You selected a mold, poured the Plastigoop into it, then set it on the Thingmaker (or hot plate), then after about 5 or 10 minutes the heat would solidify the Plastigoop and you'd pull the mold out with tongs, giving yourself a second degree burn in the process. When the red hot metal mold finally cooled off enough to touch, you released your figure from the mold and you had a smelly, rubbery toy to play with, one that you made all by yourself.

They had many different varieties of molds, including insects & spiders, disguises (scars & mustaches), flowers (for dumb ol' girls) and Creeple Peeple. I had all the sets except for the flower one. You could make Creeple Peeple heads, arms and feet, and you were supposed to put them on a pencil and make a monster toy out of it. I spent many an hour making Creeple People with my Thingmaker, as the smell of burnt plastic and seared flesh filled my room. They definitely don't make toys like that anymore.

Looking back, Creeple Peeple looked a lot like those little naked troll dolls with the big shock of hair. I didn't notice that when I was a kid.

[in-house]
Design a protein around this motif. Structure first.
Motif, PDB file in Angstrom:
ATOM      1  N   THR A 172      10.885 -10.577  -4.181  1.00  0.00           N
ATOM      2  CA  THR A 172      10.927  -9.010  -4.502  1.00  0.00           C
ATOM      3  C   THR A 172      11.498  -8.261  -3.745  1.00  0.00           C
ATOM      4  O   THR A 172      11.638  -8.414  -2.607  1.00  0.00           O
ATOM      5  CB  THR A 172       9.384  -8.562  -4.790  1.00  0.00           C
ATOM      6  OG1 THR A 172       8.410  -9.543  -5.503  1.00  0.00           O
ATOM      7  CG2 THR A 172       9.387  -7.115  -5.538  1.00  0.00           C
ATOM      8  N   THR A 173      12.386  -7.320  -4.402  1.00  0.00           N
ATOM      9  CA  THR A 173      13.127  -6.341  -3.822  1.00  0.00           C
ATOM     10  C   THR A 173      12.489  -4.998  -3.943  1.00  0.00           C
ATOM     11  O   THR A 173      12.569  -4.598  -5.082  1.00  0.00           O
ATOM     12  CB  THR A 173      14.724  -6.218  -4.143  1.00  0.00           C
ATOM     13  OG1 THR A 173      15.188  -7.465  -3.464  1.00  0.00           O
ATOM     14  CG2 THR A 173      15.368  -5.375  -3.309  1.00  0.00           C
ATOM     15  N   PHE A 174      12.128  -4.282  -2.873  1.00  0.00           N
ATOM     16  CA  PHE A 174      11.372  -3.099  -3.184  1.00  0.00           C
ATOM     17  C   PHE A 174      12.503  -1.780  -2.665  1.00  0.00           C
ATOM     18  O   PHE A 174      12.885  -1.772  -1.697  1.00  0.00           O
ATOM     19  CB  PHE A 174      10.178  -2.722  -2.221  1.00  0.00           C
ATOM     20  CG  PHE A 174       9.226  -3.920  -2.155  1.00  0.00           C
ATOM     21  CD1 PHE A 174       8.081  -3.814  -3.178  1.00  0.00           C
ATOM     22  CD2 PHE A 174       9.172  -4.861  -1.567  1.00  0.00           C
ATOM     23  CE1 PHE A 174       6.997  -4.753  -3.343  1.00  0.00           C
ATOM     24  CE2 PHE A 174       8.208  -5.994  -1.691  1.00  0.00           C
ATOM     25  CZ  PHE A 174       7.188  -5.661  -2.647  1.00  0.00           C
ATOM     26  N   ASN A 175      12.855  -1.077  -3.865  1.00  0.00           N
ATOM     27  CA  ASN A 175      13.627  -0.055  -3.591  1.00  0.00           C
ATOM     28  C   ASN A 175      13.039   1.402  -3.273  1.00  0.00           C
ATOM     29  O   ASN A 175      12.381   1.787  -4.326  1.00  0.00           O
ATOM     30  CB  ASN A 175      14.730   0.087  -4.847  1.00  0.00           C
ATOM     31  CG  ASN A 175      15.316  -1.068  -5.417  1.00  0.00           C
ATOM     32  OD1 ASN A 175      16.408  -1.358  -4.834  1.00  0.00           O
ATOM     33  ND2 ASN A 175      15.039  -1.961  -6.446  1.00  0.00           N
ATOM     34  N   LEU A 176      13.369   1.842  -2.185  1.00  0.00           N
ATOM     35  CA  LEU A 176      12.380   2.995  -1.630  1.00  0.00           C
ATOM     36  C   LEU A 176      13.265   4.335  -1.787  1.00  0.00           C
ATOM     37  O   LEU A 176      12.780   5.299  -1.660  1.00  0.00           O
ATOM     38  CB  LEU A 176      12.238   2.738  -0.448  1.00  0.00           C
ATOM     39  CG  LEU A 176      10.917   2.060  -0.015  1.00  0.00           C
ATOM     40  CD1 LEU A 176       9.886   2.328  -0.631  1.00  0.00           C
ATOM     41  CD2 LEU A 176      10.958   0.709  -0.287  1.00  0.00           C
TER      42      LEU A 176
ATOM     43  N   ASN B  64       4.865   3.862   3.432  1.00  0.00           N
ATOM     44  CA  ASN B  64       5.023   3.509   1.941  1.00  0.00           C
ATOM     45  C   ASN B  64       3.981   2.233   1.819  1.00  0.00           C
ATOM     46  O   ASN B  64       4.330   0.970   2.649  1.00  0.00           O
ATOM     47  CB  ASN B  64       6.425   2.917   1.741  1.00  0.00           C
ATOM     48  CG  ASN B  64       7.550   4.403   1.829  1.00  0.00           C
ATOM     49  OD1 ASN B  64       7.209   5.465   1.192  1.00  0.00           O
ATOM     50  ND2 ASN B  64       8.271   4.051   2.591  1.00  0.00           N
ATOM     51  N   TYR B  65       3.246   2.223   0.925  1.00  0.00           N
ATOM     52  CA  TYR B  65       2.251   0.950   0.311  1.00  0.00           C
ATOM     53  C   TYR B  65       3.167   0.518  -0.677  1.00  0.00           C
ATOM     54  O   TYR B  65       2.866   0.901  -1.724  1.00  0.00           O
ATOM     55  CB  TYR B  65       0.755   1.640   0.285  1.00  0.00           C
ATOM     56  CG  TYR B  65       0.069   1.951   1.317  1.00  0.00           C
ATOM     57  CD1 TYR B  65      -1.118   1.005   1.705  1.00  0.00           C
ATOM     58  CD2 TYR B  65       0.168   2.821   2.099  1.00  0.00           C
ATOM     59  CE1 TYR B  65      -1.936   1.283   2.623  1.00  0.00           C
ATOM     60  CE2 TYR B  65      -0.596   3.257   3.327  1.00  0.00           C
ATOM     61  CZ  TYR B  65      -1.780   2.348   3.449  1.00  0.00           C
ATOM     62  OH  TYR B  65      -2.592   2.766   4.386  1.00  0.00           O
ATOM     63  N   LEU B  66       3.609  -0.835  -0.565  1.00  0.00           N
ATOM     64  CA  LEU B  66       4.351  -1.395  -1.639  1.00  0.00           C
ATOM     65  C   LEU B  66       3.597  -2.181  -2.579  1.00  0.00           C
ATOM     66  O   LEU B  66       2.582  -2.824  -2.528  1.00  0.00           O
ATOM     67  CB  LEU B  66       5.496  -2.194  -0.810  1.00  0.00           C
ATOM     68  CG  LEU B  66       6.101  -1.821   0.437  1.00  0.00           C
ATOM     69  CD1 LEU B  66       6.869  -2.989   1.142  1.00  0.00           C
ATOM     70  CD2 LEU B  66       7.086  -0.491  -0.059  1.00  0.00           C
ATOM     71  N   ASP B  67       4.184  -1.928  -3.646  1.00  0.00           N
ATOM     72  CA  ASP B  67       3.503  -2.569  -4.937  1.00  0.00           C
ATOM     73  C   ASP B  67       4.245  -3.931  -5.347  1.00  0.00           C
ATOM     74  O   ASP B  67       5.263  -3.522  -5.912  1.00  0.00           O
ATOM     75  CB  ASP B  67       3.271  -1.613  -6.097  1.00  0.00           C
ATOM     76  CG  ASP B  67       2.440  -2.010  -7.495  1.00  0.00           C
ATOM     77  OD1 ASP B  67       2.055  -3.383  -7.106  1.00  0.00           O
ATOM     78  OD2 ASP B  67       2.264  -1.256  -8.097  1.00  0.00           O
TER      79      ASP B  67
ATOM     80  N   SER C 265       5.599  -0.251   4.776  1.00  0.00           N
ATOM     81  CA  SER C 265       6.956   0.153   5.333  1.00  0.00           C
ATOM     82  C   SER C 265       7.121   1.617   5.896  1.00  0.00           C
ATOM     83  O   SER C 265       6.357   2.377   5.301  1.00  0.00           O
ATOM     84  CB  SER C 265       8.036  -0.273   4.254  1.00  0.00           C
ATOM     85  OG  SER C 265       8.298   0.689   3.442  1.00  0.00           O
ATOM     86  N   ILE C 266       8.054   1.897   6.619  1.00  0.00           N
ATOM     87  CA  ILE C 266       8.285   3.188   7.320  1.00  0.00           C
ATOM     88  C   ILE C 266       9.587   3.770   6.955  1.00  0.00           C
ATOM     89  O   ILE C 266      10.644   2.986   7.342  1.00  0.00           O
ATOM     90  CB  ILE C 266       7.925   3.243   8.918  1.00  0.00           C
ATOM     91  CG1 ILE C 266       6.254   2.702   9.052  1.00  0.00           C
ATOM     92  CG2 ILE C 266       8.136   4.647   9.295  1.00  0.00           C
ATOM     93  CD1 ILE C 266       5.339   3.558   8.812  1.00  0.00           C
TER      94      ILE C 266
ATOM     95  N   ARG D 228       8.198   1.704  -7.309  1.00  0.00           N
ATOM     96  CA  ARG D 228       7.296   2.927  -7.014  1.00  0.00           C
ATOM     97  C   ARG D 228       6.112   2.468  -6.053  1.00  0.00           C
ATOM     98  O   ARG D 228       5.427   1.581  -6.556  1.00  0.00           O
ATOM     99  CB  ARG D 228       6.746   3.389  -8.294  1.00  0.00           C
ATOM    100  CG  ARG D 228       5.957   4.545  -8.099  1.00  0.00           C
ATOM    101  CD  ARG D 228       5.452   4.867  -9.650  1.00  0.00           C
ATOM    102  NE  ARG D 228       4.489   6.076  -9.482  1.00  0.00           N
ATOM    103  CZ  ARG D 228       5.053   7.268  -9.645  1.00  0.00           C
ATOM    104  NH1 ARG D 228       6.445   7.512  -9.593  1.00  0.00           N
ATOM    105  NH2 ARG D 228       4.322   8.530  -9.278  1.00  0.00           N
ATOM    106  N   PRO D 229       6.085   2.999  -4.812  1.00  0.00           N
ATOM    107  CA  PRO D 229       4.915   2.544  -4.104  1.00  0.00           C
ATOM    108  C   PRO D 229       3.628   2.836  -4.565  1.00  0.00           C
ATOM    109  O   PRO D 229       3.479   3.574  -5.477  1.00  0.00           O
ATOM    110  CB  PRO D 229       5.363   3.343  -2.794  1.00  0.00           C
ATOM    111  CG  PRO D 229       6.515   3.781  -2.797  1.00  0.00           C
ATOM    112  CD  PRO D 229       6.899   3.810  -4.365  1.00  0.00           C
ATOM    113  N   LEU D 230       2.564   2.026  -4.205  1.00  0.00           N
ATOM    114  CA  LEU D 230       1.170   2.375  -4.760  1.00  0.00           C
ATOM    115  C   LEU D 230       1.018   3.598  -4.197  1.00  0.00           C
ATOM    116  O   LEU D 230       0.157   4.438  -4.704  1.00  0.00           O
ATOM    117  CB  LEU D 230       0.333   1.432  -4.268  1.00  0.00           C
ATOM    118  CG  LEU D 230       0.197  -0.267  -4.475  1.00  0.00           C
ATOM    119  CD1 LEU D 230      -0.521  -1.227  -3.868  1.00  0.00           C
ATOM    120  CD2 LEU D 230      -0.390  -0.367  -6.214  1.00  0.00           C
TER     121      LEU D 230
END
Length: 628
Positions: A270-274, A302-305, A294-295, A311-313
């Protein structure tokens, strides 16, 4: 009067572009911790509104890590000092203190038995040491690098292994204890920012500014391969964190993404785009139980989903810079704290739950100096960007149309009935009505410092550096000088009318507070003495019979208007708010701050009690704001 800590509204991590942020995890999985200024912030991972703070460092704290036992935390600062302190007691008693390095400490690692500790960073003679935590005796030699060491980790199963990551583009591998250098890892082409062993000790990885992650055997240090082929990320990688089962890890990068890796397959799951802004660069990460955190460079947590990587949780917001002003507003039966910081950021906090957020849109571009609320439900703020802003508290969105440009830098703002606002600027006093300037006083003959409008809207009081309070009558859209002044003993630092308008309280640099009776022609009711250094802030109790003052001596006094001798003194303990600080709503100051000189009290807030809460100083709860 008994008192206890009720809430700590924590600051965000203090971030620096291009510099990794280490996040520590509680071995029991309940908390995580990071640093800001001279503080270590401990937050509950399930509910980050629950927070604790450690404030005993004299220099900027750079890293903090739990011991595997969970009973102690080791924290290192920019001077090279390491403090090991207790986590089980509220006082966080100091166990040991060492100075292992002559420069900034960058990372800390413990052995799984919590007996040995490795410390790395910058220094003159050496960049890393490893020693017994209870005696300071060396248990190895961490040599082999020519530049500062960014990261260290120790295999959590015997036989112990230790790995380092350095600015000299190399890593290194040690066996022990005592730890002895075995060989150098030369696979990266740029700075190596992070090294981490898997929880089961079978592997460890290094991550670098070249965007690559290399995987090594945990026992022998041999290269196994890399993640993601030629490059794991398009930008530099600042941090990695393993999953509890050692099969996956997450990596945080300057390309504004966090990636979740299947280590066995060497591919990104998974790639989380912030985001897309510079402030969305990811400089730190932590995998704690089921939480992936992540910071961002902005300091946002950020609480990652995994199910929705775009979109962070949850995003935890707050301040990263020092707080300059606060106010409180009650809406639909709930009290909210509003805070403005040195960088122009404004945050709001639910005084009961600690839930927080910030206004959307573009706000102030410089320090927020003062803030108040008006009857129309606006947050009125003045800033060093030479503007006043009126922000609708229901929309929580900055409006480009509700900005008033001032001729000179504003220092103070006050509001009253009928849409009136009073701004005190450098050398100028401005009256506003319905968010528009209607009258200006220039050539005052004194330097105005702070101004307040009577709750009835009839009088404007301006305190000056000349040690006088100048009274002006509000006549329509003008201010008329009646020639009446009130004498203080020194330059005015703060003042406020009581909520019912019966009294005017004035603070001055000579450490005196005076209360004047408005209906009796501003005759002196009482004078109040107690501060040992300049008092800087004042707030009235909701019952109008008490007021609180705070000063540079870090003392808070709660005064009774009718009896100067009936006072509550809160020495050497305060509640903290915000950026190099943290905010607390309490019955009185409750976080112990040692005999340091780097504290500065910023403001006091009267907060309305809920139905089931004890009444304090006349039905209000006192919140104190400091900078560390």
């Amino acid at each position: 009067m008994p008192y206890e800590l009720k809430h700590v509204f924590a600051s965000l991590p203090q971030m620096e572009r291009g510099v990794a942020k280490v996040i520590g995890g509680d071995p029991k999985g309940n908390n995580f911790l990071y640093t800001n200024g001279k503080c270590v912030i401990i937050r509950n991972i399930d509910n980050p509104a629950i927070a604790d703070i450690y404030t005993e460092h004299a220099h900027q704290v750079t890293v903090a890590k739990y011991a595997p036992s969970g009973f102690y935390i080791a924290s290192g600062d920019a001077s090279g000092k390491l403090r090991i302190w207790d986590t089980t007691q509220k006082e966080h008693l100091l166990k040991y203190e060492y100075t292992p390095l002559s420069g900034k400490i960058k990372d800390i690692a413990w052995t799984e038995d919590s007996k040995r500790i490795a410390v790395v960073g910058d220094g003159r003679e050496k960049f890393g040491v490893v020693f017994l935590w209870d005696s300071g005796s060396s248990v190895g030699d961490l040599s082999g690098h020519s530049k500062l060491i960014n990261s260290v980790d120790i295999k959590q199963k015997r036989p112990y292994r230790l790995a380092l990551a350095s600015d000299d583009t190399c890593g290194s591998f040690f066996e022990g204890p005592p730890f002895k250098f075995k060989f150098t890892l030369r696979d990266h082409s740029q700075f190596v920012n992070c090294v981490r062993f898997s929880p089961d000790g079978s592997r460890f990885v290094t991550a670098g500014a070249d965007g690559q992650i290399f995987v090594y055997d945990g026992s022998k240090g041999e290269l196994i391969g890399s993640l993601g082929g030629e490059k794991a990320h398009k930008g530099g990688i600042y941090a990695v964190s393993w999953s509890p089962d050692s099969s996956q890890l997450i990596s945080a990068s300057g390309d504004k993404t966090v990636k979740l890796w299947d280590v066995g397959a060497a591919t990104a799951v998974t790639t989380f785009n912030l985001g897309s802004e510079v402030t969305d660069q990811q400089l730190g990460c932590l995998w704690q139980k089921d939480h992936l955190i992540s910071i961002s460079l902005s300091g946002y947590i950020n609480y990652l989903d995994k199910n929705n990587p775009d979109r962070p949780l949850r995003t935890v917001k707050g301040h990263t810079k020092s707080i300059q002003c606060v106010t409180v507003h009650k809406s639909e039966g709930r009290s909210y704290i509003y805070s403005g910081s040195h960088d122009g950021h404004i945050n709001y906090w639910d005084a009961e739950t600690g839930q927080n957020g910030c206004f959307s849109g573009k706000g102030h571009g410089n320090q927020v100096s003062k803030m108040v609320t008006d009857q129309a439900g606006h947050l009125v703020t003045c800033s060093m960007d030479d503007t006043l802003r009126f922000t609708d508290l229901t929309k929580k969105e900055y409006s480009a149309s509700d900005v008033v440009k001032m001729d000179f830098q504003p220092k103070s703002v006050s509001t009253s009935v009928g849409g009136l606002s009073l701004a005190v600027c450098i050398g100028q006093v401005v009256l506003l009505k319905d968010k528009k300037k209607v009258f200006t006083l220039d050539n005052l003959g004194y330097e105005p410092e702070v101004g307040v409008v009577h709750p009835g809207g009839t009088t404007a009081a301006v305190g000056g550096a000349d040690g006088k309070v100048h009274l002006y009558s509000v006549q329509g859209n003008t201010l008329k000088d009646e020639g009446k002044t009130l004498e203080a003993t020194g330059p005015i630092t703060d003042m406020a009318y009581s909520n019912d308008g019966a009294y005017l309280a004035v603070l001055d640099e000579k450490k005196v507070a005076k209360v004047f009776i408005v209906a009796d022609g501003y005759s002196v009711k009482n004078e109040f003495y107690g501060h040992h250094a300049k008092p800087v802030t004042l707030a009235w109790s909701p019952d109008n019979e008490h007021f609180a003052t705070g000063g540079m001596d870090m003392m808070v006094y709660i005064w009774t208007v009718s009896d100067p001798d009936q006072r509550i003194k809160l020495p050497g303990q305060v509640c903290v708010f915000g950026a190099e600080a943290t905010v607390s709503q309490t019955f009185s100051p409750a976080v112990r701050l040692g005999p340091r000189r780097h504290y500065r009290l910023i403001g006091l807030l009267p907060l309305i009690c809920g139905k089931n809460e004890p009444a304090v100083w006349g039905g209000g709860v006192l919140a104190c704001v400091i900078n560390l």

Sadly, neither my Thingmaker or any of the toys I made survive to this day. Even more sadly, the Thingmaker has long since been taken off the market, branded as a safety hazard. I'm sure it caused quite a few burns to quite a few kids, but that was part of the fun! What better way to learn a healthy respect for electrity and chemistry than by playing with a toy that could burn the holy crap out of you? I bet it was wimpy 1980s kids that cried over their searing burns and got the Thingmaker taken off the market. Tough 1960s and 1970s kids like me suffered our burns in silence like men and kept right on playing.

Drawn in Photoshop on the graphic tablet.

Here's the original sketch of Charles. I decided I didn't like his belly scratching pose, so I drew him holding a 1960s flower power plant.

Saturday, February 20, 2010

Martini Martian

Mars may not be the kind of place to raise your kids (in fact it's cold as hell), but man, does it SWING!

Things I learned drawing this illustration: A dinner jacket doesn't have "notches" in the lapels; they're smooth. Because I'm a... oh, what's the word? Um... SLOB! Because I'm a slob, I never knew that until now.

I also had a lot of trouble with his non-martini holding arm. I found a photo of a model wearing a dinner jacket, and he had one had in his pants pocket. I tried drawing the Martian in the same nonchalant pose, but because of his super skinny stylized legs, that just would not work, no matter what I did. I finally stuck his hand in his jacket pocket and that solved the problem.

I also tweaked his expression a little. I wanted him to have a Dean Martin-esque expression of intoxicated bemusement, as if he knows he's the swinginest cat at the party. Instead, his original expression, shown here, made him look bored to death.